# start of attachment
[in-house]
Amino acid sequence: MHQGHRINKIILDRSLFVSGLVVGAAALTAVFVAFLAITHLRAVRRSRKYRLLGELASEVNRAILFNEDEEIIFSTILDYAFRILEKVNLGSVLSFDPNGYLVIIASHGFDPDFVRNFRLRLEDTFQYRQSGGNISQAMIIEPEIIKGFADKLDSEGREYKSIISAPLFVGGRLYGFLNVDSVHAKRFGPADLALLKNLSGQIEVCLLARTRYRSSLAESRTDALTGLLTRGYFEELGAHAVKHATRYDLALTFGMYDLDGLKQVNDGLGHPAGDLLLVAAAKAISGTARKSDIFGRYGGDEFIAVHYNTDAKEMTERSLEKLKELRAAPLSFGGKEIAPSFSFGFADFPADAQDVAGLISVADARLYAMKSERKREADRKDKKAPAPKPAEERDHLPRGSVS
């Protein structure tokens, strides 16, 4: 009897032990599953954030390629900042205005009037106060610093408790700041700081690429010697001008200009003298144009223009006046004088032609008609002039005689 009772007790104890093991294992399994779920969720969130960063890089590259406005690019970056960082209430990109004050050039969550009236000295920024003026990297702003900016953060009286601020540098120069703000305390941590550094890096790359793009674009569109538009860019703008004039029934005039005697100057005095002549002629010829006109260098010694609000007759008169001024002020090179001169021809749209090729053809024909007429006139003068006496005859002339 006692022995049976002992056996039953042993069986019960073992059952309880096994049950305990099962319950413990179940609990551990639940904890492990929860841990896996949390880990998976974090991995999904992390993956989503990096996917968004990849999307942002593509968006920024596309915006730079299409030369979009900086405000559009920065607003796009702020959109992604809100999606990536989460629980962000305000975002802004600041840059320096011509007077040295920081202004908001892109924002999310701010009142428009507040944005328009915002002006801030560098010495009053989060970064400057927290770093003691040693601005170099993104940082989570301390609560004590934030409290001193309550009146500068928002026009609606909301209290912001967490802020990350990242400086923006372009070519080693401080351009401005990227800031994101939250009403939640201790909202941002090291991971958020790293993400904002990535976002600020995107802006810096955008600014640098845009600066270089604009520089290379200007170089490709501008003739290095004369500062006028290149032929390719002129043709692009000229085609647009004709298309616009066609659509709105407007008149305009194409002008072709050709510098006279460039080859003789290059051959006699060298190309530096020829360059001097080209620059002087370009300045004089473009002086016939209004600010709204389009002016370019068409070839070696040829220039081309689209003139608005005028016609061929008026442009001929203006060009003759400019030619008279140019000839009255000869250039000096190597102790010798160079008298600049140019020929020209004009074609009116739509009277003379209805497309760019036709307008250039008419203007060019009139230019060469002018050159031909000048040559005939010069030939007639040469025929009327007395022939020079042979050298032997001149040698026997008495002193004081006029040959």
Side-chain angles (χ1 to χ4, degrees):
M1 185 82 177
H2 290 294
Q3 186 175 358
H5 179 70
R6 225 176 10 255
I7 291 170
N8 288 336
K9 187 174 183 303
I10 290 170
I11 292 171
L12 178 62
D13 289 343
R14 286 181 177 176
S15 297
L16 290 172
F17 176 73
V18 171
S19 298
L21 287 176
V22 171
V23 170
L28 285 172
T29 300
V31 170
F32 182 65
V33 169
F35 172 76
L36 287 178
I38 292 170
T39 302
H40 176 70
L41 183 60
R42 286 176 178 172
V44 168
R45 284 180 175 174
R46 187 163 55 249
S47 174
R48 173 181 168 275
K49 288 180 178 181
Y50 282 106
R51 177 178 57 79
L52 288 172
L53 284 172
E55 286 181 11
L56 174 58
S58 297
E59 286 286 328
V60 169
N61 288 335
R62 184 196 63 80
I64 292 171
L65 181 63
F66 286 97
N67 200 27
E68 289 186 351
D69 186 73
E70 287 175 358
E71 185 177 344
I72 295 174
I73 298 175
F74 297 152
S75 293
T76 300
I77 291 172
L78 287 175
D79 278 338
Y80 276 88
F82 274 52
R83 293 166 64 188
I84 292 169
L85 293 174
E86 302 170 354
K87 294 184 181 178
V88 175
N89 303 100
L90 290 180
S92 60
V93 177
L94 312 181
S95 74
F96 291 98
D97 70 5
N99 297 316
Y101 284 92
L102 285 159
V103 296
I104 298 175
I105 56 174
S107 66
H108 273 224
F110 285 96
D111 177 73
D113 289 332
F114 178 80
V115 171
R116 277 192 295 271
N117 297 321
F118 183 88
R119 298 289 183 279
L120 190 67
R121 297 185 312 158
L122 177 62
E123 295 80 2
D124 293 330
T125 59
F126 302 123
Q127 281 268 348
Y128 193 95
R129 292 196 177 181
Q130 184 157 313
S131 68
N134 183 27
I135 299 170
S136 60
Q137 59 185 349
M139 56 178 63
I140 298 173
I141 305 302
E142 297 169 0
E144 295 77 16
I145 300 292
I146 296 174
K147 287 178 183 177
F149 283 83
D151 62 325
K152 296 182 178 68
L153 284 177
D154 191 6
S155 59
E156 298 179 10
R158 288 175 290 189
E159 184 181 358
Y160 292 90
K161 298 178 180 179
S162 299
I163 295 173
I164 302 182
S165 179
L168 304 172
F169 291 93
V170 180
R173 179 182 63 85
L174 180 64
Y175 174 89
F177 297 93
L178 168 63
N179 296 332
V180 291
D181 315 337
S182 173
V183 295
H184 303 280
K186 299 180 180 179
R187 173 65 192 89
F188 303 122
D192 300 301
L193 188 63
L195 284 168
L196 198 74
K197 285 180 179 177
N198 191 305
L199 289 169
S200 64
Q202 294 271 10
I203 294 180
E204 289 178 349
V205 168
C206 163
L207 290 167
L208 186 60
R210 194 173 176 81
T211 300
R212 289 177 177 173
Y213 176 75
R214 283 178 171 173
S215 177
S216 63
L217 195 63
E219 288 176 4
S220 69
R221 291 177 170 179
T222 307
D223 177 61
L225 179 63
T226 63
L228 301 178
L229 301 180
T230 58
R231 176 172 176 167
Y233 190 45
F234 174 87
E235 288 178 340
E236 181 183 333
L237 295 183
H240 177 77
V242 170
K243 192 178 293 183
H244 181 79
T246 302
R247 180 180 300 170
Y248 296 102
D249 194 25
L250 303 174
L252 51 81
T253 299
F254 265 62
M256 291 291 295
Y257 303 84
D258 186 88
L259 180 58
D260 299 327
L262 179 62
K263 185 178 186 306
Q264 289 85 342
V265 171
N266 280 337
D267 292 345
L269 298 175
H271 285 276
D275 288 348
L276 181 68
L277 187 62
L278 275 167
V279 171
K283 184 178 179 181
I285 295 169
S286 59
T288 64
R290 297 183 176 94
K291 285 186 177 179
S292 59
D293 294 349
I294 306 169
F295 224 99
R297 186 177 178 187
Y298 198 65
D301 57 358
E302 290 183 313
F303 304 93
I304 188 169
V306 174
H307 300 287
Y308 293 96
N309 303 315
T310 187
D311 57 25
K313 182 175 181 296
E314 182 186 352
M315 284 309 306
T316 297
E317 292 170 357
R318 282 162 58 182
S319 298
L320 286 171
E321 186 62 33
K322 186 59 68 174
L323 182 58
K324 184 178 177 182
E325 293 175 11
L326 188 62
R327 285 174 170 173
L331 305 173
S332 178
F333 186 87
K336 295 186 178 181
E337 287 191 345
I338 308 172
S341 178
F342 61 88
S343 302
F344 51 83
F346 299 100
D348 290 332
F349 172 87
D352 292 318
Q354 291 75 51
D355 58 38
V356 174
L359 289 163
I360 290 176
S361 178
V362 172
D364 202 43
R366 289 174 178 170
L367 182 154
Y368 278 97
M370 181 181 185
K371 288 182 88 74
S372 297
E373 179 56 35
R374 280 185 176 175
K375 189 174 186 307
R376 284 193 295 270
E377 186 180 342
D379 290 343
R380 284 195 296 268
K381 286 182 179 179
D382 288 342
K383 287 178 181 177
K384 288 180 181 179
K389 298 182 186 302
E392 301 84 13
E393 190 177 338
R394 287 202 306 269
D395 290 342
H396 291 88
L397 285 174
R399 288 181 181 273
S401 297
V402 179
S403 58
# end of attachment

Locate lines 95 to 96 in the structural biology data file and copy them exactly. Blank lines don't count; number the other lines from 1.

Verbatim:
F110 285 96
D111 177 73